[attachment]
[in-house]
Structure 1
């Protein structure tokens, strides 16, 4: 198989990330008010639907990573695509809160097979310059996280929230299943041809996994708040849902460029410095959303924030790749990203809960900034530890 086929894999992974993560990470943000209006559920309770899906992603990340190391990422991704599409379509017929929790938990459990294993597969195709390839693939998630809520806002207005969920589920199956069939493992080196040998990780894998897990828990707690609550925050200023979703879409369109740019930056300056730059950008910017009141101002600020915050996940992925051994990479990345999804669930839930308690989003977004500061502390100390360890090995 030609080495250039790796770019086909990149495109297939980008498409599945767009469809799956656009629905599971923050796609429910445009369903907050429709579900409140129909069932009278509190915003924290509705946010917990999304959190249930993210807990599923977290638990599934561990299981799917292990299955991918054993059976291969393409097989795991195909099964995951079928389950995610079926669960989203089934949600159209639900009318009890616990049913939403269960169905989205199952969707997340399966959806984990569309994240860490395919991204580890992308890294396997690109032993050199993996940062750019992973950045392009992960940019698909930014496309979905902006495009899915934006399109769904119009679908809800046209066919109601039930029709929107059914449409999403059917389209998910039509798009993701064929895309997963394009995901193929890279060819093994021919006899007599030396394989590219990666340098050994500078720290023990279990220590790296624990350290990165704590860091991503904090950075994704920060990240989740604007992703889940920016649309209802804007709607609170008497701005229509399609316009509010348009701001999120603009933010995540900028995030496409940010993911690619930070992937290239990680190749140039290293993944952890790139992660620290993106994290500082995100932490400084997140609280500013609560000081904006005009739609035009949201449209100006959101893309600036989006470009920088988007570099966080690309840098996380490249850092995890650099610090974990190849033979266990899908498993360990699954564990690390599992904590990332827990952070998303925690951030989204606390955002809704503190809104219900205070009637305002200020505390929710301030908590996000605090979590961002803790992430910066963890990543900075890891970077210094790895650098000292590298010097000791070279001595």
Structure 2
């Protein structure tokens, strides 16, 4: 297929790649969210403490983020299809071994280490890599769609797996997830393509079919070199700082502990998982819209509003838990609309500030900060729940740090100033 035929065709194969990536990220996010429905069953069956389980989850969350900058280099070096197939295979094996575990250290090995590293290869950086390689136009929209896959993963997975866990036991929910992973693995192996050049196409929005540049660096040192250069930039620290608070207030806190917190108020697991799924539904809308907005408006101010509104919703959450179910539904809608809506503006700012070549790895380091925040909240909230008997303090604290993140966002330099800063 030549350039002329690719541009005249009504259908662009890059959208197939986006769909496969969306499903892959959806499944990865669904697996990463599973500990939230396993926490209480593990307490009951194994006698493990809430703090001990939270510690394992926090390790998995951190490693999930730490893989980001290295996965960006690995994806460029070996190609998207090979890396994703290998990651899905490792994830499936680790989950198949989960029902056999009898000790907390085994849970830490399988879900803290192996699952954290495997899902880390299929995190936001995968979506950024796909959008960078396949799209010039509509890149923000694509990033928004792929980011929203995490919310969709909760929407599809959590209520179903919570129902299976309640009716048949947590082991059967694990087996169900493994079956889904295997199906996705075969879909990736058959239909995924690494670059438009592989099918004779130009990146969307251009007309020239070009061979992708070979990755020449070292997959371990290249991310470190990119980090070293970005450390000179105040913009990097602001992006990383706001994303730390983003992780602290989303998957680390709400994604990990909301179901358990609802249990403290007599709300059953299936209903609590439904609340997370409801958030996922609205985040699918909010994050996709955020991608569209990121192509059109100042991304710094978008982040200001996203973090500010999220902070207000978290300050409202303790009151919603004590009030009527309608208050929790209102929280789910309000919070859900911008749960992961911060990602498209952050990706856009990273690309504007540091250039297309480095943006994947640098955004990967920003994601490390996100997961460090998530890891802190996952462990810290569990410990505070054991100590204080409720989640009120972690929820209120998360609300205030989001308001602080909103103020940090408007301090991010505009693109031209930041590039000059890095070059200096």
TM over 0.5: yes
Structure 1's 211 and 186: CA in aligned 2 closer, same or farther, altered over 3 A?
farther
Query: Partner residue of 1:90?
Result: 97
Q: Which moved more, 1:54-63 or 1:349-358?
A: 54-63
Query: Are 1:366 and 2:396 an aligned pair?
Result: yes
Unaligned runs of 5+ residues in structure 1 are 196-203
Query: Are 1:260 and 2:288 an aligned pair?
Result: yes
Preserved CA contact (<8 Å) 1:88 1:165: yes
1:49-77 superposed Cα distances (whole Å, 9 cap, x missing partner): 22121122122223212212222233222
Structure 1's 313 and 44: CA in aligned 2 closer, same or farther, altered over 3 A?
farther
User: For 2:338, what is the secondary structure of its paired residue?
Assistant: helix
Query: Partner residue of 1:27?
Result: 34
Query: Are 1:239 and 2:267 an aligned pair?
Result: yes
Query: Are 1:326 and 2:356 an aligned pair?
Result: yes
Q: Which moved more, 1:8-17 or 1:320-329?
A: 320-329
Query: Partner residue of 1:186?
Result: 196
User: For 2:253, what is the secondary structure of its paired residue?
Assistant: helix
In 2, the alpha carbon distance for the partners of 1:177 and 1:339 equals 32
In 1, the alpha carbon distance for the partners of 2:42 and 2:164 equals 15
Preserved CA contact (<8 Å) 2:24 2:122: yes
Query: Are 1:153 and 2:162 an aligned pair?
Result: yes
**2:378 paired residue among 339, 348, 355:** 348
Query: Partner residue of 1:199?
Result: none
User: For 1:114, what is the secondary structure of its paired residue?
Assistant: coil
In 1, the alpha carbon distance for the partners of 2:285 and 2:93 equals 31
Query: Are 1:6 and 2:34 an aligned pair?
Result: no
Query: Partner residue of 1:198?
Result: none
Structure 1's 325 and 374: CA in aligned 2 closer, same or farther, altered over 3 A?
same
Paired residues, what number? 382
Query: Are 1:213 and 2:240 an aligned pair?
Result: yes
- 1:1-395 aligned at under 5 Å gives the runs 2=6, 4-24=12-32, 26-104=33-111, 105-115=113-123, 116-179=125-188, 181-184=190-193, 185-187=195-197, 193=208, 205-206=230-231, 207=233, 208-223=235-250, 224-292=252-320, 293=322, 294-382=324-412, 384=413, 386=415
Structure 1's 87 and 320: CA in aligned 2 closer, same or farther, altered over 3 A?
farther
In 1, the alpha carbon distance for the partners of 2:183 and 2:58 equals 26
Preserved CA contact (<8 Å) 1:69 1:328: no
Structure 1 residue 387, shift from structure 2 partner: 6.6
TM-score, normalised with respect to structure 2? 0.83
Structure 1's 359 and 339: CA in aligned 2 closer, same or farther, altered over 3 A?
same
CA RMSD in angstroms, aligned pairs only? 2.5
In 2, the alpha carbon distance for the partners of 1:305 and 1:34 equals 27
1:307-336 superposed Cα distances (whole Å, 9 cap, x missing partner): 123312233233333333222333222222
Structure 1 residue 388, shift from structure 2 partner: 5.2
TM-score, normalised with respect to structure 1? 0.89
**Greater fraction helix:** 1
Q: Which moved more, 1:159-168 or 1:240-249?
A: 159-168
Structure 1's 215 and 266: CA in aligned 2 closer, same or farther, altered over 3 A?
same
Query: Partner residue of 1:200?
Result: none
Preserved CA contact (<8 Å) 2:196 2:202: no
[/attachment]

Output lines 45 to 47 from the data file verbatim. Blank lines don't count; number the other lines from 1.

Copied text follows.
Assistant: coil
In 1, the alpha carbon distance for the partners of 2:285 and 2:93 equals 31
Query: Are 1:6 and 2:34 an aligned pair?